American Honey

“I’m not going to make an apology for the length. I don’t even mind if people go to the toilet in the middle of it. It’s fine’.

It’s true, you could walk out for five minutes and not be any worse off. There isn’t really a plot. You would struggle to piece together a beginning, middle, and end, because it all blurs into one long journey, a journey that, far from thinking was too long, I never wanted to finish.

Cafe Society

– ‘I can’t imagine being larger than life’

– ‘Sure, it’d be fun for a while. I think I’d be happier being life size’.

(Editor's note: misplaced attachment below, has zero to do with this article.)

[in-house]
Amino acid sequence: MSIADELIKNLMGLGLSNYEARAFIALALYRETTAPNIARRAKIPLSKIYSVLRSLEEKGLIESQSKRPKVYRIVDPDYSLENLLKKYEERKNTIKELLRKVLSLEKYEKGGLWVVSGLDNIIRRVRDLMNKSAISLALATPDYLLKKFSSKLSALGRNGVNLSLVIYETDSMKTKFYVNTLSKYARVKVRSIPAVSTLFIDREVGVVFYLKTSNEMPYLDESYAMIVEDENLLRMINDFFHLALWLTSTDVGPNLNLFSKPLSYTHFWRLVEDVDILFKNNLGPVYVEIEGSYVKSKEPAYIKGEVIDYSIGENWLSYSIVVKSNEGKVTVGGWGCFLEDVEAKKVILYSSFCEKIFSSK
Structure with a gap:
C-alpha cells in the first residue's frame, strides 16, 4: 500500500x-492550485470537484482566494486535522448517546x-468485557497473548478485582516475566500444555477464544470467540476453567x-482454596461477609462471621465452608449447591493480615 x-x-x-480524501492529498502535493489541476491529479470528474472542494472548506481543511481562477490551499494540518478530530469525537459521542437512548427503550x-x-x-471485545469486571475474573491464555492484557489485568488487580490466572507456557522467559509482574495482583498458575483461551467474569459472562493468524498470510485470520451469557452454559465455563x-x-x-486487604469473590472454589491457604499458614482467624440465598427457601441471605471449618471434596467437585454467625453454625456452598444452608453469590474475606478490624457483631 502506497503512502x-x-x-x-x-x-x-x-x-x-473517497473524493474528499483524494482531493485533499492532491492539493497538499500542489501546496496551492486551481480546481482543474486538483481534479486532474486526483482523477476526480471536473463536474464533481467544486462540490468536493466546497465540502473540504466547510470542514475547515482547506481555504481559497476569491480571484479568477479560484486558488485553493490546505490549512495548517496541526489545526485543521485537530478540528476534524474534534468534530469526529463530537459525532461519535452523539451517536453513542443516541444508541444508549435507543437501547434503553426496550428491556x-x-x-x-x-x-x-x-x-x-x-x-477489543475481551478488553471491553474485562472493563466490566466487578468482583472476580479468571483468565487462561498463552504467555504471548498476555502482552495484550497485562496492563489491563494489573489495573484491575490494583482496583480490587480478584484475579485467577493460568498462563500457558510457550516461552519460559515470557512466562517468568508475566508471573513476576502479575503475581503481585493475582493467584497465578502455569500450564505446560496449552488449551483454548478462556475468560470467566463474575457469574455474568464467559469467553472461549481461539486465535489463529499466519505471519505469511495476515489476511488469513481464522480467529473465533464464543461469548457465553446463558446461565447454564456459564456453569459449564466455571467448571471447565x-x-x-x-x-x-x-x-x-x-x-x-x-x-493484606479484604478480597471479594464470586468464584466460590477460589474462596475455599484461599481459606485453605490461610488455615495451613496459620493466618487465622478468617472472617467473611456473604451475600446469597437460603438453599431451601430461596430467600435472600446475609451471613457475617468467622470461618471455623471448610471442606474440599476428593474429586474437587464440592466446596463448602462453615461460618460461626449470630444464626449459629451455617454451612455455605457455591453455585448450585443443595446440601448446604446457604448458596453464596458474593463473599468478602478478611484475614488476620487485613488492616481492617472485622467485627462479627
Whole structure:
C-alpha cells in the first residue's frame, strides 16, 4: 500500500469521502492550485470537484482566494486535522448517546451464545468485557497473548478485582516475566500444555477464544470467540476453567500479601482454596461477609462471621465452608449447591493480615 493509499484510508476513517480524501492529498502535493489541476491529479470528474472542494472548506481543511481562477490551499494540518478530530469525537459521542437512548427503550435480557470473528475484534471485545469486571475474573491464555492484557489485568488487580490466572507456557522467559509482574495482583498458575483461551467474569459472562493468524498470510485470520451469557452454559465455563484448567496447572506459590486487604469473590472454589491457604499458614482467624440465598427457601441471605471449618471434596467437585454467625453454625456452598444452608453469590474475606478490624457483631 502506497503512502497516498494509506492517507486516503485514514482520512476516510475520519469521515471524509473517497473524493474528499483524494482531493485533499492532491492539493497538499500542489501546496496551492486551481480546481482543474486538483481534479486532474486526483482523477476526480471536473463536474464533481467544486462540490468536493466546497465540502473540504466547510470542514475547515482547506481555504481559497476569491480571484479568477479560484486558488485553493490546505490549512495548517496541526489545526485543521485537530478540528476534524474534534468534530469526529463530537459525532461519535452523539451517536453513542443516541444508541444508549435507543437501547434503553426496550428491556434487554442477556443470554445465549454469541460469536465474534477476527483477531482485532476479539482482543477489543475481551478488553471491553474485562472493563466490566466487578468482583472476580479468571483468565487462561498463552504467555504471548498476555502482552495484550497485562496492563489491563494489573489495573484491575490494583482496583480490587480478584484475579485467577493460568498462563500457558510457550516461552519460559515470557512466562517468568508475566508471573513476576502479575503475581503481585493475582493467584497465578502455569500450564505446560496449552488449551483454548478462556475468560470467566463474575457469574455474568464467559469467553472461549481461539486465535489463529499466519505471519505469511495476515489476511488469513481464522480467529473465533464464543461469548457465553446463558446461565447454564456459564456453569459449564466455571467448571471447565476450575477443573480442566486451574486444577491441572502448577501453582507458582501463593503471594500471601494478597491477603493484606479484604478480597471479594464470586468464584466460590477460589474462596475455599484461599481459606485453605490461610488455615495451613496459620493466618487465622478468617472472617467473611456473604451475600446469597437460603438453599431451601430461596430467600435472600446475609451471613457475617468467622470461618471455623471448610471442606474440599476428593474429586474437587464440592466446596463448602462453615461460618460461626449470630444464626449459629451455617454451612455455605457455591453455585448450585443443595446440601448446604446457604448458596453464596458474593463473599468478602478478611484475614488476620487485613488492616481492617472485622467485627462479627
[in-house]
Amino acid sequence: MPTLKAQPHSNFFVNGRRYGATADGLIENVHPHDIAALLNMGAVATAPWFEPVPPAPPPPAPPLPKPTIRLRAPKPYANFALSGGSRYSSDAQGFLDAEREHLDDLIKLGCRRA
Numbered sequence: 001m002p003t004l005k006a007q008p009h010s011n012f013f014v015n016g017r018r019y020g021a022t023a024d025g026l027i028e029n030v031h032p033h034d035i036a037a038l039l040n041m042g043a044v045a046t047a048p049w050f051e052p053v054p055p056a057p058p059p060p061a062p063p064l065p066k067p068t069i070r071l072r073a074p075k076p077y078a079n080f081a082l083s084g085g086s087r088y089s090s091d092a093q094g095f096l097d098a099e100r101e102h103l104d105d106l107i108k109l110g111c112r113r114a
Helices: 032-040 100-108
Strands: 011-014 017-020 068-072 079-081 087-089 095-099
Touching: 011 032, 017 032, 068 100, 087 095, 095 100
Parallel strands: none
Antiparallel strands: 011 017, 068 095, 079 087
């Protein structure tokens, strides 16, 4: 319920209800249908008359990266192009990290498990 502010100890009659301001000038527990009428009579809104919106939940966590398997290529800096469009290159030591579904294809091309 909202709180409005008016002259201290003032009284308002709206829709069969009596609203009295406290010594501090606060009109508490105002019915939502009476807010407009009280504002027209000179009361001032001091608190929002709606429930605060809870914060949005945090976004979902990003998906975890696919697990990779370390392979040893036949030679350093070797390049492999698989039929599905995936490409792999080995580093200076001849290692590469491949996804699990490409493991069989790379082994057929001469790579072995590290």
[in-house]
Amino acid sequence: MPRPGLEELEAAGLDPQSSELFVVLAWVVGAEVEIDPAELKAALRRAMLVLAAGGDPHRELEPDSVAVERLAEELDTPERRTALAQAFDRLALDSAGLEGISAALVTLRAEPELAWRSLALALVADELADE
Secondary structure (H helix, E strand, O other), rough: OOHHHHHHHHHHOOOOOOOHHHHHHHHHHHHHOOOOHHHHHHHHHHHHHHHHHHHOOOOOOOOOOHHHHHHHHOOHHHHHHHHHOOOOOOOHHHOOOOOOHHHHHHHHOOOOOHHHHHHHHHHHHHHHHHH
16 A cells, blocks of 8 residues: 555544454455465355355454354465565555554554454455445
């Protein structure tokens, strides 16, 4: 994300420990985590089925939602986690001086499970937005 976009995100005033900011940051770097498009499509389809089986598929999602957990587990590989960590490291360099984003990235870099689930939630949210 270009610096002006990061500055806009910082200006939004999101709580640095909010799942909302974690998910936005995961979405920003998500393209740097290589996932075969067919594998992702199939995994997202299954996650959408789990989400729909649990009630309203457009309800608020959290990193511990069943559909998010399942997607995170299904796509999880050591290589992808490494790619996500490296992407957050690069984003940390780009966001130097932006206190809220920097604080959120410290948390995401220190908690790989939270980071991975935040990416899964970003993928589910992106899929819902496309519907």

This is a film that will challenge you, but in the Woody Allen sort of way. It’s light-hearted and self-effacing, but I doubt you’ll laugh out loud; the humour is taciturn, and always curbing the edge of something sadder – something you cannot quite put your finger on. The film opens with a black tie party, filtered through a sleek blue light. It’s quite Luhrmann’s Gatsby in feel. But whereas Gatsby slides off discreetly to take a phone call, Phillip Stern makes an announcement to the group: ‘I’m expecting a call from Ginger Rogers’. From the outset, expectations are formed about what kind of film it is, and what kind of world it’s showing us: Hollywood and all its beautiful and damned.

… Read more at (Arteviste – Official Publication)